And why not? Chuah showed no nerves and proved she was in a different
class on the squash court. Chuah got to 7-1 in the third, which meant
that she was two points from victory, from Malaysia winning the cup for
the first time.
It was then that Lengthorn struck.
A penalty stroke gave her the serve and then the referee said 'No Let'
to Chuah. It was now 7-3. And then 7-4 on beautiful backhand drop and
then 7-5 on a backhand drive. Lengthorn then hit a backhand boast into
the tin to lose serve. "Finish it off Tricia " cried the crowd thinking
that Lengthorn's winners were a mere hiccup. But she lost the serve on
a penalty stroke and Lengthorn then made her cunning move, hitting three
winners and getting another stroke to win 9-7.
IS THIS CHOKING OR WHAT?
Chuah was rattled and she gradually got worse, hitting silly shots, not
thinking, jumping up to volley balls that she should have taken off the
back wall, all the while Lengthorn got tougher and better and more confident
and then the possibility of the heist became a reality. She won the fourth
9-4 and when she ran to an easy 6-1 lead in the fifth Chuah was like a
deer caught in the headlights. Lengthorn was at match ball 8-2 before
Chuah regained her composure and there followed some slow, gripping rallies
as she tried to get
back into the groove.
She saved two match balls, and fought
back to 5-8. Could she stop the cup being stolen? No. On the third match
ball, Lengthorn accidentally hit Chuah with the ball and the point was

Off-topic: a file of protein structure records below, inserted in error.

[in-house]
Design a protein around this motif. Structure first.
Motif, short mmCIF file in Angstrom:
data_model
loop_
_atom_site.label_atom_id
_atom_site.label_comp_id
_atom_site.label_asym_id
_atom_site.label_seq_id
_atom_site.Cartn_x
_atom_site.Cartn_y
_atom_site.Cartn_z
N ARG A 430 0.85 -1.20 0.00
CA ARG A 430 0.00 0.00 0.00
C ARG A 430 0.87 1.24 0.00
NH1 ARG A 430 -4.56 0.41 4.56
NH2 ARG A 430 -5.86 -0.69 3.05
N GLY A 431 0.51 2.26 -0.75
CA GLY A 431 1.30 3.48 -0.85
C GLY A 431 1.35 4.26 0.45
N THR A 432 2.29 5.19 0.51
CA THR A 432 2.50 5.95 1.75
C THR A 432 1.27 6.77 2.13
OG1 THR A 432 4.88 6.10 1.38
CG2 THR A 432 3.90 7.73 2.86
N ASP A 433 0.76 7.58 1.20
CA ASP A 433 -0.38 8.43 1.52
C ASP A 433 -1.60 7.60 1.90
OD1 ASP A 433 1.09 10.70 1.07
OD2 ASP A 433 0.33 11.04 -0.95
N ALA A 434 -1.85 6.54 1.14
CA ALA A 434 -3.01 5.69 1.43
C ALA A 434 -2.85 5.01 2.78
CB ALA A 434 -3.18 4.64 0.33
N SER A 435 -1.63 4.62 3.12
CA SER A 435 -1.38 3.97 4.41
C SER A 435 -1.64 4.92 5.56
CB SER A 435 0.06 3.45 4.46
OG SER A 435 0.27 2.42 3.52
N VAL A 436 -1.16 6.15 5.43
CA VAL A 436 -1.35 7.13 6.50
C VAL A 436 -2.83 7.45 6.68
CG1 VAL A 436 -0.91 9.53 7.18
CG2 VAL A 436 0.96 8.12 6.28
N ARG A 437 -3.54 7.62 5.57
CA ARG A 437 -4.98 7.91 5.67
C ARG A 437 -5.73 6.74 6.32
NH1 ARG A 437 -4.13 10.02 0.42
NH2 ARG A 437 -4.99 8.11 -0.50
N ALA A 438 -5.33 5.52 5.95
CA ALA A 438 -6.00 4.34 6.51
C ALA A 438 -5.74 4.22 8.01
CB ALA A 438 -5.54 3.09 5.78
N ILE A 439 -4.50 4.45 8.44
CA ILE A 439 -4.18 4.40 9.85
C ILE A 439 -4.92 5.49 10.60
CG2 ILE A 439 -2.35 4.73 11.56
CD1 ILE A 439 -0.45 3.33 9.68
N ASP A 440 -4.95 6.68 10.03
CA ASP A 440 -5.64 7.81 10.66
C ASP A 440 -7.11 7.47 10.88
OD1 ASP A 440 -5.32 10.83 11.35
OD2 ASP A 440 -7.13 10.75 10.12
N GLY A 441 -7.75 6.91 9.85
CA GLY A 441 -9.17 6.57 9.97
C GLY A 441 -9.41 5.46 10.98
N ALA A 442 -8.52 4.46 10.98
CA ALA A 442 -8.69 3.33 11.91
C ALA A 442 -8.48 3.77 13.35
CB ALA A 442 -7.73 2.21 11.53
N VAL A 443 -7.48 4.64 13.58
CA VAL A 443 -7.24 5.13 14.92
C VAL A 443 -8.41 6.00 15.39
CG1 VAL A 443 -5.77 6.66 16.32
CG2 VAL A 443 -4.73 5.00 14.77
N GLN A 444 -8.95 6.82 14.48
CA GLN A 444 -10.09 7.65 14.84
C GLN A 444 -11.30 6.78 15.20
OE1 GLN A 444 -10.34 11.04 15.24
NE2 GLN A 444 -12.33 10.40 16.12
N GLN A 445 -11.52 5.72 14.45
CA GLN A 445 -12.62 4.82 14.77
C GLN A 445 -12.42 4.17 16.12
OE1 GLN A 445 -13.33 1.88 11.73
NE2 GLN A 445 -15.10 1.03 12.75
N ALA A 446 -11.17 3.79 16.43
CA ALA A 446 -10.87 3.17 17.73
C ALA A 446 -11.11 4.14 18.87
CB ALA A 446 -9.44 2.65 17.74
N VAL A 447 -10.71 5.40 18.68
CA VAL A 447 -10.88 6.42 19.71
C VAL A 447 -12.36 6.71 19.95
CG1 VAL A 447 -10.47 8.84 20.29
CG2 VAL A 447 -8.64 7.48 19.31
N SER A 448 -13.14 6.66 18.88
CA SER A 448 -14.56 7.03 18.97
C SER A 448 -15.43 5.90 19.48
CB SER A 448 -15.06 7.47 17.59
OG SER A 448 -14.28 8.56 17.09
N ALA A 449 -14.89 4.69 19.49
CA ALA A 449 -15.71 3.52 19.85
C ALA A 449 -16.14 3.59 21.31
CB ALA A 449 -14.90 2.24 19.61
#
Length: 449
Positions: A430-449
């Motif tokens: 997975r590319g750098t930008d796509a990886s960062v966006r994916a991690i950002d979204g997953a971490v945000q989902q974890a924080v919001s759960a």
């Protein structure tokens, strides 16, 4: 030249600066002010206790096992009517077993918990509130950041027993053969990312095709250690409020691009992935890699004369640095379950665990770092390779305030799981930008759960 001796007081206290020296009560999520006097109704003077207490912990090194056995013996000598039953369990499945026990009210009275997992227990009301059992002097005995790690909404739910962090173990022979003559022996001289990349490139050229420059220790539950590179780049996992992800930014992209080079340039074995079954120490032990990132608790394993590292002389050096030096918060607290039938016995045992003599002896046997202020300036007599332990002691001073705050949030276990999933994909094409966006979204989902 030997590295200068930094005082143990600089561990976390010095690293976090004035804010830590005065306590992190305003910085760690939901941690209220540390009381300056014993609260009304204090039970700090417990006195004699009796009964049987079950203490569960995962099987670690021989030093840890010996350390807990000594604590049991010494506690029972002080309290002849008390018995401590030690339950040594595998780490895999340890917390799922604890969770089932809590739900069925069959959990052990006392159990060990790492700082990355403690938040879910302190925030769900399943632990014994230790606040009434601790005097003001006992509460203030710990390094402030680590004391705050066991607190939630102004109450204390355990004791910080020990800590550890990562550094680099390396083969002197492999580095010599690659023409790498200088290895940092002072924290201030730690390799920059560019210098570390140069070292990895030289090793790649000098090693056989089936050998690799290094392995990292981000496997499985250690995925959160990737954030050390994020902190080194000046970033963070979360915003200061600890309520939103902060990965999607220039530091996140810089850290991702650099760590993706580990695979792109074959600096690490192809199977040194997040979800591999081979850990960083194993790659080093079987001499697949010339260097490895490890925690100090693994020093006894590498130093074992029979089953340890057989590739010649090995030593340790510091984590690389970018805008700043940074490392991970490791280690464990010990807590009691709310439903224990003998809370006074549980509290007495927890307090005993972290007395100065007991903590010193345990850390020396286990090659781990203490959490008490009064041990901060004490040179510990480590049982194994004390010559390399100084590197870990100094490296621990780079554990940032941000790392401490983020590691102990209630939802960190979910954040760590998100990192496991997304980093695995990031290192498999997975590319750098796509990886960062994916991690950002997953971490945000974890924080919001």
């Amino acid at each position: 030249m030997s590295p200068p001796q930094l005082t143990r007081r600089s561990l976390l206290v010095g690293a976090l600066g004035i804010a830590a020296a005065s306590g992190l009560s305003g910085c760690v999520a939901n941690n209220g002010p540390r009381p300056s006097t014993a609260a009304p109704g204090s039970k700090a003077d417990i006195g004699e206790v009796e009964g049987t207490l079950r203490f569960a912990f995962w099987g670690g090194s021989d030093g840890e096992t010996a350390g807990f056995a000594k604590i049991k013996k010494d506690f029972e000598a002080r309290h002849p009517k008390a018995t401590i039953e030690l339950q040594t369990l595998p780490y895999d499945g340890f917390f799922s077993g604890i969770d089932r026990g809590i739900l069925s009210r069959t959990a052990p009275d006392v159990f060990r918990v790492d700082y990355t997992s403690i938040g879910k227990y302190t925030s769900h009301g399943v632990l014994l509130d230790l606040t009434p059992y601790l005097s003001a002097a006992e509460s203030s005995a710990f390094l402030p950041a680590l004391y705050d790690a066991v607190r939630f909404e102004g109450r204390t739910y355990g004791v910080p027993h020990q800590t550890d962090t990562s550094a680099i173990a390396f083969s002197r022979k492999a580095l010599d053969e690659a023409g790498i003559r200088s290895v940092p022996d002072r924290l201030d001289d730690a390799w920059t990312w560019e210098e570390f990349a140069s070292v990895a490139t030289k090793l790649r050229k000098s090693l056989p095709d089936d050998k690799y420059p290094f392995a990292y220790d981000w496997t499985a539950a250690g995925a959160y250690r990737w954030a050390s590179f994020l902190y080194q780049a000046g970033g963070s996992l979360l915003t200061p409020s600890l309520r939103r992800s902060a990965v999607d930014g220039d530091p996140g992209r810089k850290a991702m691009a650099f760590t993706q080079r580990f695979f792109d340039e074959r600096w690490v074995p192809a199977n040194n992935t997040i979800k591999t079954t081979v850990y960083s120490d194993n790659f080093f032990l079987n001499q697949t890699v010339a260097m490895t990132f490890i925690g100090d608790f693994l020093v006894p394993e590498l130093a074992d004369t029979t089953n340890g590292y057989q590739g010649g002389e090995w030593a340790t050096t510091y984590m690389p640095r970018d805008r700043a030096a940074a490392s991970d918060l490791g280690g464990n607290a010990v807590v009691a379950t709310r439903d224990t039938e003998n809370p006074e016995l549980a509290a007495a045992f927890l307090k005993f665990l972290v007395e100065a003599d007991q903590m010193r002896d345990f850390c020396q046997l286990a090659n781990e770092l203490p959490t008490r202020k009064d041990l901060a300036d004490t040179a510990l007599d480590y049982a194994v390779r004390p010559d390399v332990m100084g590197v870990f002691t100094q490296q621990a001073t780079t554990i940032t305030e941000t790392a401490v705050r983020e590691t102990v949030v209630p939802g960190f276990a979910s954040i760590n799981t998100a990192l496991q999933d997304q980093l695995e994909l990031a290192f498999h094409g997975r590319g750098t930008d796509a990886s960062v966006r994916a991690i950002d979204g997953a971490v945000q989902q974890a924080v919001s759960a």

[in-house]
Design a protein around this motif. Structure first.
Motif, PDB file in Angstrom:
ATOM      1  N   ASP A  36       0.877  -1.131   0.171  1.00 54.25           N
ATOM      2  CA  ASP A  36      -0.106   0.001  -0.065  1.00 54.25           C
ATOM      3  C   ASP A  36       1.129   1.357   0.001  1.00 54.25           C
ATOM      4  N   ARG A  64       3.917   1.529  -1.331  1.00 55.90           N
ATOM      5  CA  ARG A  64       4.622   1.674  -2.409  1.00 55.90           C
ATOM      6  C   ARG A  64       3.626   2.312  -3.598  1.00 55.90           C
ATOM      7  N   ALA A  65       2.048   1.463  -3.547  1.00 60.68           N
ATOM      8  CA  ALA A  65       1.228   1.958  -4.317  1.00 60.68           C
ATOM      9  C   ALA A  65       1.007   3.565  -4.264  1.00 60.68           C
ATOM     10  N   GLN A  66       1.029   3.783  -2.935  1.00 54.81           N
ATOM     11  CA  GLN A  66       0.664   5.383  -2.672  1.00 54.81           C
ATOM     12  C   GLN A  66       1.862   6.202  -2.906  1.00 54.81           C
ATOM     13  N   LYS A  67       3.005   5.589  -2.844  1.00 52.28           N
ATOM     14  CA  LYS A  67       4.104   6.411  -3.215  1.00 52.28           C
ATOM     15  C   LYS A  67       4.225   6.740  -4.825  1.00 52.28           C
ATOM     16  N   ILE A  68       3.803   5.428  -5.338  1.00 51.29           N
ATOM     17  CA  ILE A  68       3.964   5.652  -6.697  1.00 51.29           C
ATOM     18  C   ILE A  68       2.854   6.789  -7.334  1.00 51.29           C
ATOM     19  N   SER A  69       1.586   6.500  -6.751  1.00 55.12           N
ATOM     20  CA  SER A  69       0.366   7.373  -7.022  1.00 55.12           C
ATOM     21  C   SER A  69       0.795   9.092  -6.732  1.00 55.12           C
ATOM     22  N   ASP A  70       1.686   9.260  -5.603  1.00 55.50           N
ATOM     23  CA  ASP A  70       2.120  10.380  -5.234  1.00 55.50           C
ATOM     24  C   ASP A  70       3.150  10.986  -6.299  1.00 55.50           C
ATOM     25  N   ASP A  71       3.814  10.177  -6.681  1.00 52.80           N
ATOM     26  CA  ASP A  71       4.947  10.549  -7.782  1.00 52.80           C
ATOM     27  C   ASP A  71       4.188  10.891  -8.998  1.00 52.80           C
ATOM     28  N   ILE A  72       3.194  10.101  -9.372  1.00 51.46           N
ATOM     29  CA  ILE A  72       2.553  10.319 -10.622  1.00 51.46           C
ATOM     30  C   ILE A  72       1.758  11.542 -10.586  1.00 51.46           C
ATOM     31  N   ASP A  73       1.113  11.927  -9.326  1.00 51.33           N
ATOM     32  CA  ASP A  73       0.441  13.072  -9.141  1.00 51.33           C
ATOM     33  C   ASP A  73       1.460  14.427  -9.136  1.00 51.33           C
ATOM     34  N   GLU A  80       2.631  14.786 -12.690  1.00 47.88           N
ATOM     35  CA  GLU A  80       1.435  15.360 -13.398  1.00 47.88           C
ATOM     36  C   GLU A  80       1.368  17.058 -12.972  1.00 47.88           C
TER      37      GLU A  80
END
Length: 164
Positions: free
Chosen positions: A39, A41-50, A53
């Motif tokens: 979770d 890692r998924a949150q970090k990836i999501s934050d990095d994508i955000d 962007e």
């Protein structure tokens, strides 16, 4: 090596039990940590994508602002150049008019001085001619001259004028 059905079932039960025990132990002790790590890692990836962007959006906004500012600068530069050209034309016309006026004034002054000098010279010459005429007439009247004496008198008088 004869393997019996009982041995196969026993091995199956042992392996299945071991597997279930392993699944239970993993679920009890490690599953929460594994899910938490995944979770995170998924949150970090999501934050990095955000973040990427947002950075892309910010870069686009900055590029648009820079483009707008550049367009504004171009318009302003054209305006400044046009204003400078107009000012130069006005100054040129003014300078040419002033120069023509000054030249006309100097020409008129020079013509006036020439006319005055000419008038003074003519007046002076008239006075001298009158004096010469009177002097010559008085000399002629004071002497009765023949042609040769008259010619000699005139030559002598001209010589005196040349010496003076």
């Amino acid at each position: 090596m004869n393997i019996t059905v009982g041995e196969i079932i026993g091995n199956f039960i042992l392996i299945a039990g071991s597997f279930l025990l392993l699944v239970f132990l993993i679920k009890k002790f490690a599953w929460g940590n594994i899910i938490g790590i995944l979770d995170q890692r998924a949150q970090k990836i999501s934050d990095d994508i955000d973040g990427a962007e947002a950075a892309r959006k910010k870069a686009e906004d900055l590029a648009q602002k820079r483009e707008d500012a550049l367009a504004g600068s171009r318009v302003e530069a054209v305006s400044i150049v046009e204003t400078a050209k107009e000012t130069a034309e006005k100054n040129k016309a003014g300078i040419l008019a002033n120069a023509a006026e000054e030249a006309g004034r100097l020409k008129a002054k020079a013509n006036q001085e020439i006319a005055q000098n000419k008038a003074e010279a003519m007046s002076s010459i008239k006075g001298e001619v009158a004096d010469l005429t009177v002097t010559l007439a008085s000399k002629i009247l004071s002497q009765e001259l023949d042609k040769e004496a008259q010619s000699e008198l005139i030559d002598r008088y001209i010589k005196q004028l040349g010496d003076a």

given to England to make it 9-5. The robbery was complete and Laura Jane
Lengthorn should be sentenced to life in the record books for a famous,
near- impossible comeback.
SORROW FOR THE LOSERS
I felt desperately sorry for the losers, and specially for Chuah who has
been given a hard time from the press here, which, sadly, models itself
on the British tabloid approach to news presentation. Two years ago in
Antwerp Malaysia lost in the final to Egypt again when one of their players
was 7-2 up in the fifth in the deciding rubber. But Malaysia ran a great
world championship, one of the best I have even been to and they have
Nicol David, who can be compared to the Kohinoor diamond.
AND THE UNITED STATES CAME FOURTH
The US failed to beat the racket skills of the Egyptian team and so finished
fourth. A decade ago the US were nowhere in world squash. Now they are
pushing the top nations. I hope they get a tickertape parade when they
get home. Or at least some newspaper space.
(playing order 3-1-2)
ENGLAND 2 MALAYSIA 1
Alison Waters bt Ooi-Ean Teng 9-4, 9-0, 9-3 Jenny Duncalf lost to Nicol
David 1-9 0-9, 3-9. Laura Jane Lengthorn bt Tricia Chuah 4-9, 2-9, 9-7
, 9-4 9-5.
EGYPT 3 USA 0
Sara Badr bt Kate Rapisarda 9-0, 9-0, 9-3. Omneya Abdel Kawy bt Michelle
Quibell 9-5, 9-3. 9-2. Amna El Tarabolsy bt Alexandra Pearson 9-2, 9-4
AUSTRALIA 2 GERMANY 1
Kasey Brown bt Jessica Reese 7-9, 6-9, 9-4, 9-6, 9-2. Lisa Camilleri lost
to Kathrin Rohrmuller 6-9, 5-9, 3-9. Amelia Pittock bt Sandra Ziemelis
9-0, 9-1, 9-0.
NEW ZEALAND 2 INDIA 1
Catherine McLeod bt Supriya Balsekar 9-4, 3-9, 9-0, 9-0. Kylie Lindsay
lost to Joshna Chinappa 0=9, 3-9, 9-0, 9-5, 1-9. Jaclyn Hawkes bt Vaidehi
Reddy 10-8, 9-5, 5-9, 9-0.
CANADA 2 NETHERLANDS 1
Kyla Grigg bt Orla Noom 1-9, 9-4, 9-5, 2-9, 9-6. Jacqui Inward bt Milja
Dorenbos 9-1, 9-3, 3-9, 2-9, 9-7. Ruchika Kumar lost to Margriet Huisman
SWITZERLAND 2 IRELAND 1
Rosalinda Santos lost to Emma Toolan 0-9, 4-9, 1-9. Manuela Zehnder bt
Siobhan Parker 9-2, 9-7, 9-1. Melanie Scarlatos bt Tanya owens 9-6, 9-2,
Final standings: 1. England
2. Malaysia 3. Egypt 4. USA 5. Australia 6. Germany 7. New Zealand 8.
India 9. Canada 10. Netherlands 11. Switzerland 12. Ireland 13. Hong Kong